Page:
I Finally Got Around To Watching ‘The Bear’ And Its Damn Good TV

Over the summer FX did that thing they do where they just roll out a comedy and let word of mouth do the rest. One of the shows that became an instant hit for them among audiences and critics was The Bear, a show about one of the world’s great chefs (Jeremy Allen White) who inherits his recently deceased brother’s (you’re just gonna have to watch to find out who it is) struggling sandwich shop in Chicago. It’s been on my to-do list for a while and now that I’ve burned through the first season in two days I’m disappointed in myself for not hopping on the bandwagon sooner.

I think a good comparison for The Bear is that it’s as dramatic a comedy as Succession is a funny drama. The show doesn’t rely on punchlines or visual gags but is great at hurling insults and elevating what many of us may view as mundane tasks. My sister-in-law was the one who originally told me about the show and one thing she said that I found to be true was “Why is this stressing me out? They’re just making sandwiches!” I think this speaks to both the research the cast and crew did to create an authentic back of house feel and the editing for heightening situations that those of us who haven’t worked in a restaurant can understand the little things that can set everyone off. Each character, both big and small, has moments of humor and times where we feel legitimately bad that they didn’t chop onions the right way.

That being said, there are some heavy moments over the first season. Grief plays a big role in the show as Michael’s (the original owner) death looms large over everyone in the kitchen, particularly Carmy (White), his sister Sugar (Abby Elliott), and his loud-mouthed best friend Richie (Ebon Moss-Bachrach). Carmy bears the brunt of this weight as not only has he been tasked with taking over a ragtag family business he had little to do with but he’s also learning more and more about his brother whom he had grown more estranged from over time. The last episode features an all-time monologue that covers all the stages of grief and cemented Jeremy Allen White’s recent Golden Globe nomination for Best Actor in a Comedy Series.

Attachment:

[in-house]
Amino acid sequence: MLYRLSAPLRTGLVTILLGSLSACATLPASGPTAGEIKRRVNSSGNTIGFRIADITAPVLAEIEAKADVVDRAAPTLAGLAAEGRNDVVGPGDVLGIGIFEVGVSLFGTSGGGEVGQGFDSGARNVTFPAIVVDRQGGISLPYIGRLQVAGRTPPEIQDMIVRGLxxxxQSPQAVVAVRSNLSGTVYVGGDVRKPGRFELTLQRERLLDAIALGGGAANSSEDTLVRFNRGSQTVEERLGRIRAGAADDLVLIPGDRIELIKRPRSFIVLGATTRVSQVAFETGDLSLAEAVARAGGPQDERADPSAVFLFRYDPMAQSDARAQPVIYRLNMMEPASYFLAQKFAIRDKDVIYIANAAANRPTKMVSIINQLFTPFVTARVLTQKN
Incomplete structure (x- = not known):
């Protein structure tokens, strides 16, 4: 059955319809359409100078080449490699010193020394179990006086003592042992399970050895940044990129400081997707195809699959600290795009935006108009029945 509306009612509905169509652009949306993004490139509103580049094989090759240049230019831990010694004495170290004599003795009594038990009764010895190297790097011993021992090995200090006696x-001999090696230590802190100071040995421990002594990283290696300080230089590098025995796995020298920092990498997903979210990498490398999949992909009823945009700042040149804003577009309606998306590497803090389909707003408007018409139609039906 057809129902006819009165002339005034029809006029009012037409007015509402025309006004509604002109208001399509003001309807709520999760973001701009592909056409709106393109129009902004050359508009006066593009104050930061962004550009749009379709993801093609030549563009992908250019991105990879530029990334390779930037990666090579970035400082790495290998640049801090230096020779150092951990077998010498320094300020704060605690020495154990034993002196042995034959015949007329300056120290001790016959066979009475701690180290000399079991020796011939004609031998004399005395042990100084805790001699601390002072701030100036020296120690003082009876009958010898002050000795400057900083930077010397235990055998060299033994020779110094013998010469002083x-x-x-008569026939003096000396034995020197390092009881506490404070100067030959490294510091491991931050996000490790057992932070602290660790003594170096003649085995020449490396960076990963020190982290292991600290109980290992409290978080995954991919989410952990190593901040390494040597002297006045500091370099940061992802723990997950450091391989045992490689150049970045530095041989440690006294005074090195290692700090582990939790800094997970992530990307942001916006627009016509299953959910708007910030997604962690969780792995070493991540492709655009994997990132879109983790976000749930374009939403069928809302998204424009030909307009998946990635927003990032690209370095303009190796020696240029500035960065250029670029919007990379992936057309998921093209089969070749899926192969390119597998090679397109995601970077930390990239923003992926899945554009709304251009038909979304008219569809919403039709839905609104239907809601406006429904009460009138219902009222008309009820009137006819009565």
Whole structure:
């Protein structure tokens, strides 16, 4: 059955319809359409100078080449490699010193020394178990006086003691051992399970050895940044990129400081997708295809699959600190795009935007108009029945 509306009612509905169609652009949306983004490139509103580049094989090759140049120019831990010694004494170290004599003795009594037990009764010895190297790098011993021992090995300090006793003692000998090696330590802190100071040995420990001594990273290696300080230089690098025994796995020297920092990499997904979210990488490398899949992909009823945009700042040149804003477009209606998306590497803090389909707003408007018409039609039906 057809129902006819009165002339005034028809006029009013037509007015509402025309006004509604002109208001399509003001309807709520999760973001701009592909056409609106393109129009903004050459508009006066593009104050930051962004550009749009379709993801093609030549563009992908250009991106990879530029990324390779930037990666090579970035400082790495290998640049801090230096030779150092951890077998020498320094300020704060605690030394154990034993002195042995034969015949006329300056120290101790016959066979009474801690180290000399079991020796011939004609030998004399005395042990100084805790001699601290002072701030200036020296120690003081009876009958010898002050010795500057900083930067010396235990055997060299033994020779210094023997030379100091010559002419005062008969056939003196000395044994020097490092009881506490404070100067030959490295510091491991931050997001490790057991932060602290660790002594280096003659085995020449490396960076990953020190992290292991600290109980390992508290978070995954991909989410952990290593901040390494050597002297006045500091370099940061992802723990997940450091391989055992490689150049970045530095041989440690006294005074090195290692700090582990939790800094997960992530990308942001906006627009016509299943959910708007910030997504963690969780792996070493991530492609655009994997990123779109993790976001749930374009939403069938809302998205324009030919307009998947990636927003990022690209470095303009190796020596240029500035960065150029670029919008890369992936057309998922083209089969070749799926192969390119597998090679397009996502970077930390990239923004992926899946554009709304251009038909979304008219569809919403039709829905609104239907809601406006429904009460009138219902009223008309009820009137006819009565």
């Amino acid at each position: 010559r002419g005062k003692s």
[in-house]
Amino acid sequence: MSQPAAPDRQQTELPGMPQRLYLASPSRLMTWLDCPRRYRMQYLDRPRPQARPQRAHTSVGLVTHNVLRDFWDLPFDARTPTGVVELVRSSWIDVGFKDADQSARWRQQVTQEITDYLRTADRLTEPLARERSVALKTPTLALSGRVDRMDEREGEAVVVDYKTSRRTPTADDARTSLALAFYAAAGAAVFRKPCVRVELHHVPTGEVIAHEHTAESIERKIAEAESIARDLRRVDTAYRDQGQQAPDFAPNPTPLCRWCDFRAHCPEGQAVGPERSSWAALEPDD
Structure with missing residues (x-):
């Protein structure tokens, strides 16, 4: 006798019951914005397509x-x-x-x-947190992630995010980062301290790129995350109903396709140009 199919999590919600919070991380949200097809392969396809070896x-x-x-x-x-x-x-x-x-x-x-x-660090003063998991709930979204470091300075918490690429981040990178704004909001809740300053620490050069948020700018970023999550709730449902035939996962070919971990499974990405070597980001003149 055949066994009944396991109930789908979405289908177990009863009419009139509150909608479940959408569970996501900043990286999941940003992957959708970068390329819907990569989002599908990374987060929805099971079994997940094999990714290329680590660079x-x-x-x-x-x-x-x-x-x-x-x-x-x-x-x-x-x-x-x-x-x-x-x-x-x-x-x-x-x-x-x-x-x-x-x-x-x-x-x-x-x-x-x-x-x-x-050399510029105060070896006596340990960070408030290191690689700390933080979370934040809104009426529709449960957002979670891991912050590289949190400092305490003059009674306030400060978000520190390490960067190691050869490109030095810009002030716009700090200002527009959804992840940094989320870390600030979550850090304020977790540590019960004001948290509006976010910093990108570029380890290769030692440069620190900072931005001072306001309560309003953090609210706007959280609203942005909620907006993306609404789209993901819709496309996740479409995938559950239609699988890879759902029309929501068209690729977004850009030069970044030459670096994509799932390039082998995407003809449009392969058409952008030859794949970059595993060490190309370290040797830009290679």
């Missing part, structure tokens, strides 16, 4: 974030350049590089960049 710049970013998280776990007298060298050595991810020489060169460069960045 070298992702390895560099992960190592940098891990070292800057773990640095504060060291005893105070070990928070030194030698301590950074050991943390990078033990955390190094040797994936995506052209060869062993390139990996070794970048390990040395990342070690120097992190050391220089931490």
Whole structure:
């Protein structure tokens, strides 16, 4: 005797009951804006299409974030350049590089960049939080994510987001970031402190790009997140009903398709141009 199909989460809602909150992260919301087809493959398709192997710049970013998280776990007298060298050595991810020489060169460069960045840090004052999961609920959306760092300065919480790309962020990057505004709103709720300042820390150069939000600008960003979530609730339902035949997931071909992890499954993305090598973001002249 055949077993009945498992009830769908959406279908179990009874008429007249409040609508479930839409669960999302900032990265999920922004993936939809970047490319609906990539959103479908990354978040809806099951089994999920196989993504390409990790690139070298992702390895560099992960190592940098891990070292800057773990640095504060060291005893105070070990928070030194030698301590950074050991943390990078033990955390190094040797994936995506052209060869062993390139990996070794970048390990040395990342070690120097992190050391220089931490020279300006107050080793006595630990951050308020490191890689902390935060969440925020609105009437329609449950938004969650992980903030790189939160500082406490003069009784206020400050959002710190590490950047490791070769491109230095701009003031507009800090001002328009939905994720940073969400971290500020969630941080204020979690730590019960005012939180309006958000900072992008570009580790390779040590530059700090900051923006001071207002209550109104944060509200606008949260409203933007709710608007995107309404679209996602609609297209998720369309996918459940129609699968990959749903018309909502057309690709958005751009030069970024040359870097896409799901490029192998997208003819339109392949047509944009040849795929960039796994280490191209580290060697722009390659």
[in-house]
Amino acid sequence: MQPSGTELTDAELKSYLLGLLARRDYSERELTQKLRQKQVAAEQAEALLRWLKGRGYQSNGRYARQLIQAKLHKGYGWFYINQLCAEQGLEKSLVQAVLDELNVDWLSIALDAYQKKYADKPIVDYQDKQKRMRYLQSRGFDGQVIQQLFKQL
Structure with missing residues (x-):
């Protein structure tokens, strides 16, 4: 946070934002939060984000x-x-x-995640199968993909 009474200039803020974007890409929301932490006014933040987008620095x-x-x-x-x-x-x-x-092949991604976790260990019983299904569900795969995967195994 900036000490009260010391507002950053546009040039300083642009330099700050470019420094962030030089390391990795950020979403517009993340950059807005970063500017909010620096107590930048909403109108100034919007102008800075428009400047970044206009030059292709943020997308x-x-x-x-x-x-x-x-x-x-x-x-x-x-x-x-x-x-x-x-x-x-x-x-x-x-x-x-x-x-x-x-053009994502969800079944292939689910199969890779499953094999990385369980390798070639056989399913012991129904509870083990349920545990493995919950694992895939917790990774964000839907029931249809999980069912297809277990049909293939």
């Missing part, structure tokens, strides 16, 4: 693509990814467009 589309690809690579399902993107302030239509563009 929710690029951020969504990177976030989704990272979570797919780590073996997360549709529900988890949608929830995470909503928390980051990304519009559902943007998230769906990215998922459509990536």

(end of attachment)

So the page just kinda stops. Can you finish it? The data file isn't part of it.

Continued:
The rest of the cast does some great work too. Moss-Bachrach gets plenty of meaty (no pun intended but intended) storylines as Richie throughout the season as Michael’s best friend who pushes back on all of Carmy’s changes to the restaurant. His unconventional methods often point to the same objective that Carmy wants though his way tends to be more destructive. Sydney (Ado Edebiri) also gets a good chunk of screen time as a new hire with a similar background to Carmy’s. While she’s pushy and impatient to try new things, despite everyone’s best efforts, her and Carmy are able to connect over their drive to create the best restaurant possible. The rest of the kitchen staff all get their moments throughout the season, though my favorite is Somali immigrant Ebraheim (Edwin Lee Gibson) whose side comments often lead to some of the show’s best laughs.

The Bear wrapped up its first season over the summer and is currently available on Hulu. With only eight, half-hour episodes this is a very easy watch. I blew through the whole series on back-to-back nights. If the first few episodes don’t drag you in I encourage you to stick with it until the end as the last two episodes are some of the best TV you’ll see all year. Again, for a comedy this isn’t the funniest show out there but it’s very well acted and very well written so do yourself a favor over the holiday break and take a bite out this one.

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